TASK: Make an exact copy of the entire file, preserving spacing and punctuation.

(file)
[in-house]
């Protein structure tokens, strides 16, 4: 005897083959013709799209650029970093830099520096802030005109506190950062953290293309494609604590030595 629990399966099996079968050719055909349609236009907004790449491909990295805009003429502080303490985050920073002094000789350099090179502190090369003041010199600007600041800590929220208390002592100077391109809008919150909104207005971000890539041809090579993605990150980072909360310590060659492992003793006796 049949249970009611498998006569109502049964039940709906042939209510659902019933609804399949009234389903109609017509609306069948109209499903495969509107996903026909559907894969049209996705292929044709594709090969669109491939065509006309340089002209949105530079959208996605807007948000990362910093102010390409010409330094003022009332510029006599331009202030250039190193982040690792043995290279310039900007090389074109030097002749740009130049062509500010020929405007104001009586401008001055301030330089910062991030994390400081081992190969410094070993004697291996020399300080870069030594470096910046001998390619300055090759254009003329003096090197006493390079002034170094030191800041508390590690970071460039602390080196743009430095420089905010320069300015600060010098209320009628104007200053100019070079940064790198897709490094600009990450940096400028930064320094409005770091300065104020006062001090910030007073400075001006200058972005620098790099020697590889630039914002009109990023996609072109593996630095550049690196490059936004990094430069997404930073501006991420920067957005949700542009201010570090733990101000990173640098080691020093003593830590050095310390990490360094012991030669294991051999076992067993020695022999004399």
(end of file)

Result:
[in-house]
């Protein structure tokens, strides 16, 4: 005897083959013709799209650029970093830099520096802030005109506190950062953290293309494609604590030595 629990399966099996079968050719055909349609236009907004790449491909990295805009003429502080303490985050920073002094000789350099090179502190090369003041010199600007600041800590929220208390002592100077391109809008919150909104207005971000890539041809090579993605990150980072909360310590060659492992003793006796 049949249970009611498998006569109502049964039940709906042939209510659902019933609804399949009234389903109609017509609306069948109209499903495969509107996903026909559907894969049209996705292929044709594709090969669109491939065509006309340089002209949105530079959208996605807007948000990362910093102010390409010409330094003022009332510029006599331009202030250039190193982040690792043995290279310039900007090389074109030097002749740009130049062509500010020929405007104001009586401008001055301030330089910062991030994390400081081992190969410094070993004697291996020399300080870069030594470096910046001998390619300055090759254009003329003096090197006493390079002034170094030191800041508390590690970071460039602390080196743009430095420089905010320069300015600060010098209320009628104007200053100019070079940064790198897709490094600009990450940096400028930064320094409005770091300065104020006062001090910030007073400075001006200058972005620098790099020697590889630039914002009109990023996609072109593996630095550049690196490059936004990094430069997404930073501006991420920067957005949700542009201010570090733990101000990173640098080691020093003593830590050095310390990490360094012991030669294991051999076992067993020695022999004399």